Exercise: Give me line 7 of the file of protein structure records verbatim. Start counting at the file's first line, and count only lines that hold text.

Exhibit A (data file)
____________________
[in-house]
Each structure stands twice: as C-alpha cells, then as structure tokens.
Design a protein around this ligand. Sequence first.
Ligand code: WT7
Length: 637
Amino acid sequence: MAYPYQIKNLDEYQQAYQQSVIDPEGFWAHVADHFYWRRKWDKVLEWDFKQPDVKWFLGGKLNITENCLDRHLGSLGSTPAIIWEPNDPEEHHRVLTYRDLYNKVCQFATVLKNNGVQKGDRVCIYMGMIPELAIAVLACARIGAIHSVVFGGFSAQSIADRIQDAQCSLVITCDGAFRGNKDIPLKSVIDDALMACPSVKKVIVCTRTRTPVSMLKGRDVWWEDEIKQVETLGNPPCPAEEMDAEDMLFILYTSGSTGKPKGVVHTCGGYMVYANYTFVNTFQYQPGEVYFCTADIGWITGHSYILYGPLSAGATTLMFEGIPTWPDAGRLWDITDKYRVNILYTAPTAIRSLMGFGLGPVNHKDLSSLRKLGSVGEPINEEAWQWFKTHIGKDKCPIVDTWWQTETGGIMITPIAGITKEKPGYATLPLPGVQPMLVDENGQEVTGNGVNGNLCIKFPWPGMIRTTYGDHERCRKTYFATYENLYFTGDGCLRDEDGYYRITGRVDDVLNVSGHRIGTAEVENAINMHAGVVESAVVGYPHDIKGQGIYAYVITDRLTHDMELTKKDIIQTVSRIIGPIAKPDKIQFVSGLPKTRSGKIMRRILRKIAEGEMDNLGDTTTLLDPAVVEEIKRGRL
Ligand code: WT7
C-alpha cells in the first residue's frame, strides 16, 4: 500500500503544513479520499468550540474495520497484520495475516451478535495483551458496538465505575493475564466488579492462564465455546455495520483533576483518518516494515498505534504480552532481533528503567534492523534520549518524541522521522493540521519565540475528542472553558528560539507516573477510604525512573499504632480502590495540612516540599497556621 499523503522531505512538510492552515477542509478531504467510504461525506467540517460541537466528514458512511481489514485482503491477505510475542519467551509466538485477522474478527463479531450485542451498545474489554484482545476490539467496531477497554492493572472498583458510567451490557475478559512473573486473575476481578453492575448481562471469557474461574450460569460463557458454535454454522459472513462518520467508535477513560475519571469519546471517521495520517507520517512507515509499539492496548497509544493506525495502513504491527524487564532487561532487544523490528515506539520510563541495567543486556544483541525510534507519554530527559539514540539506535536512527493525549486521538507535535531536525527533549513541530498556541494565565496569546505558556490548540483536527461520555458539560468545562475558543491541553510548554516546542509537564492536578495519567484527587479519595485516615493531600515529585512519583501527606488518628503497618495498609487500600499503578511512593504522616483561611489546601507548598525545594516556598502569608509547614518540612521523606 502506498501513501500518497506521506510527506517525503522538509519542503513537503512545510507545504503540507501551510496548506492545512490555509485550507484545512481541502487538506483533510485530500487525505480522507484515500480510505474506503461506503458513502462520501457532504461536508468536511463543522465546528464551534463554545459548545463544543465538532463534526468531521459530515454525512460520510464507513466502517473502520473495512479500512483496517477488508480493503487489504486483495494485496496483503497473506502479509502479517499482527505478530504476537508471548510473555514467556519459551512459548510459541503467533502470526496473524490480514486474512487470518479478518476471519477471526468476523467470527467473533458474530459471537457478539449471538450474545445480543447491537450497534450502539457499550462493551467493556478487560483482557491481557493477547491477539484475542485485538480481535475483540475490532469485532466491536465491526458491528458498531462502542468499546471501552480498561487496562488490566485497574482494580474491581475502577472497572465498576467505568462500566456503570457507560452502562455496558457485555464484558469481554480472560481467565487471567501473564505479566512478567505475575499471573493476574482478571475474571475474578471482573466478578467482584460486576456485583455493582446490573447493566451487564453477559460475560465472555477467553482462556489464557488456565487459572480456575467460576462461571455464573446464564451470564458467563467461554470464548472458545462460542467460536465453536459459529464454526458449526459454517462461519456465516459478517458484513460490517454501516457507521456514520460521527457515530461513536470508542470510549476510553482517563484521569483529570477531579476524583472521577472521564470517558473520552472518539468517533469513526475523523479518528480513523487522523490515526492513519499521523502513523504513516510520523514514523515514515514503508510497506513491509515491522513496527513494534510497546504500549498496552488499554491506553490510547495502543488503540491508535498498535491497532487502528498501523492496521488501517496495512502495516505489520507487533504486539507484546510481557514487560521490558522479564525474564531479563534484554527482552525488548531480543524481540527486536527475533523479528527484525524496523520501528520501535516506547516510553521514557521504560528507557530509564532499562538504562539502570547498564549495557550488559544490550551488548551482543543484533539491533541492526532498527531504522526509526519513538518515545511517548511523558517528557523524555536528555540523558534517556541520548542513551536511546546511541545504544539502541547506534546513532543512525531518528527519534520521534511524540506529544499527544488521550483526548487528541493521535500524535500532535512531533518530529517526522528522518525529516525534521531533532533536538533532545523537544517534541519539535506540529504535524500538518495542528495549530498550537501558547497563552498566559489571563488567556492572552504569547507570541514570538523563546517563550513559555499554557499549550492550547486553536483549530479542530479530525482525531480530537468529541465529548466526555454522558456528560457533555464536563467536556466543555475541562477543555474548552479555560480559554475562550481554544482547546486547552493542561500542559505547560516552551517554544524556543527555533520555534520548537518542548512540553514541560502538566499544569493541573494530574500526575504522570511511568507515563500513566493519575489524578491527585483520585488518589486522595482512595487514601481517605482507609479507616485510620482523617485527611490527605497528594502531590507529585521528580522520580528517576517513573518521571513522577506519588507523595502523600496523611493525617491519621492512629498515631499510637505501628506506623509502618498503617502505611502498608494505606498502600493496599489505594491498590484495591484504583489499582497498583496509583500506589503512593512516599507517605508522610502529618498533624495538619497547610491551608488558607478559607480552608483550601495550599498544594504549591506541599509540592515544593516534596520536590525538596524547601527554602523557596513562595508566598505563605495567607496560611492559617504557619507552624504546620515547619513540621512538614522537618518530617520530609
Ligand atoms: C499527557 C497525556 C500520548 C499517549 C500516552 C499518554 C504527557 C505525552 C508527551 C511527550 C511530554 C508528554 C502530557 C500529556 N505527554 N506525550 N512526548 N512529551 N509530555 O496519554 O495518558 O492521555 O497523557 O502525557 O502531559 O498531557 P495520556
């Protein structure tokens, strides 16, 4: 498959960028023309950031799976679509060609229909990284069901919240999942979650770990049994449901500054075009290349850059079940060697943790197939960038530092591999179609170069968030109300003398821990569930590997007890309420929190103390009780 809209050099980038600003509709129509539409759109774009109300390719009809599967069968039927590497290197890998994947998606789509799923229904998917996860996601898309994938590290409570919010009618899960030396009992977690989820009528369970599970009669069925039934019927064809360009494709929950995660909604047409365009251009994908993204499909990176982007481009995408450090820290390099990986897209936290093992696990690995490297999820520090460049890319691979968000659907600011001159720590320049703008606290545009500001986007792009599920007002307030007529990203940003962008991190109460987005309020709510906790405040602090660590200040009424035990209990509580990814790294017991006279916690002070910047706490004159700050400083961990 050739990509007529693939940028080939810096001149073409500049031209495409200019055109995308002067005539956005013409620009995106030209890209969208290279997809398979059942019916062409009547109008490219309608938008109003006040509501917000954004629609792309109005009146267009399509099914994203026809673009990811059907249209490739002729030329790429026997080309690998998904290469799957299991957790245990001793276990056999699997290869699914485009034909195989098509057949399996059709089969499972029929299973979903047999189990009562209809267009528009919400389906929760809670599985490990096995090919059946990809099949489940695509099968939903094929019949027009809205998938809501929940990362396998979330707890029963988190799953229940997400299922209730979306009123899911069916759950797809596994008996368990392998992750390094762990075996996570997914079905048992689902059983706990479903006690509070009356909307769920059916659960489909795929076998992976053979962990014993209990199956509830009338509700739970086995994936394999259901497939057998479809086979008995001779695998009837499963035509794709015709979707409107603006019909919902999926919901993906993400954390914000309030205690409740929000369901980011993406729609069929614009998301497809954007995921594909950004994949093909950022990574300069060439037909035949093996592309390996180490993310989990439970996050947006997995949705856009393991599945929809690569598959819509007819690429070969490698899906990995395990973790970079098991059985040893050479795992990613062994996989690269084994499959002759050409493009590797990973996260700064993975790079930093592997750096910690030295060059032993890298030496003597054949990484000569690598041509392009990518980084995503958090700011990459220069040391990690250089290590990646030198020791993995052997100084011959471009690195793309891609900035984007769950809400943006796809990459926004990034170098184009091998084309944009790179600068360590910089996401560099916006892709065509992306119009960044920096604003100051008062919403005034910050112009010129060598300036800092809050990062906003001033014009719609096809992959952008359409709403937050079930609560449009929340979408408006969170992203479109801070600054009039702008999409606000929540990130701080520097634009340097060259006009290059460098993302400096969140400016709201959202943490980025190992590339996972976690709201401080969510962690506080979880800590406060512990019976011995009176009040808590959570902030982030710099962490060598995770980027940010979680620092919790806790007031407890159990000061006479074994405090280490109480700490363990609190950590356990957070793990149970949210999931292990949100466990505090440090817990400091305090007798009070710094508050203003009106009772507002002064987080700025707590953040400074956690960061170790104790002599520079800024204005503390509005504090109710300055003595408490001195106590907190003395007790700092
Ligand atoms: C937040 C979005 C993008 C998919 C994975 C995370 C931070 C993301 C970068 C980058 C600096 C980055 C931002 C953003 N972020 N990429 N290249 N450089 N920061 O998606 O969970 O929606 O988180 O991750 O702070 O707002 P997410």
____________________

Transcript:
Ligand code: WT7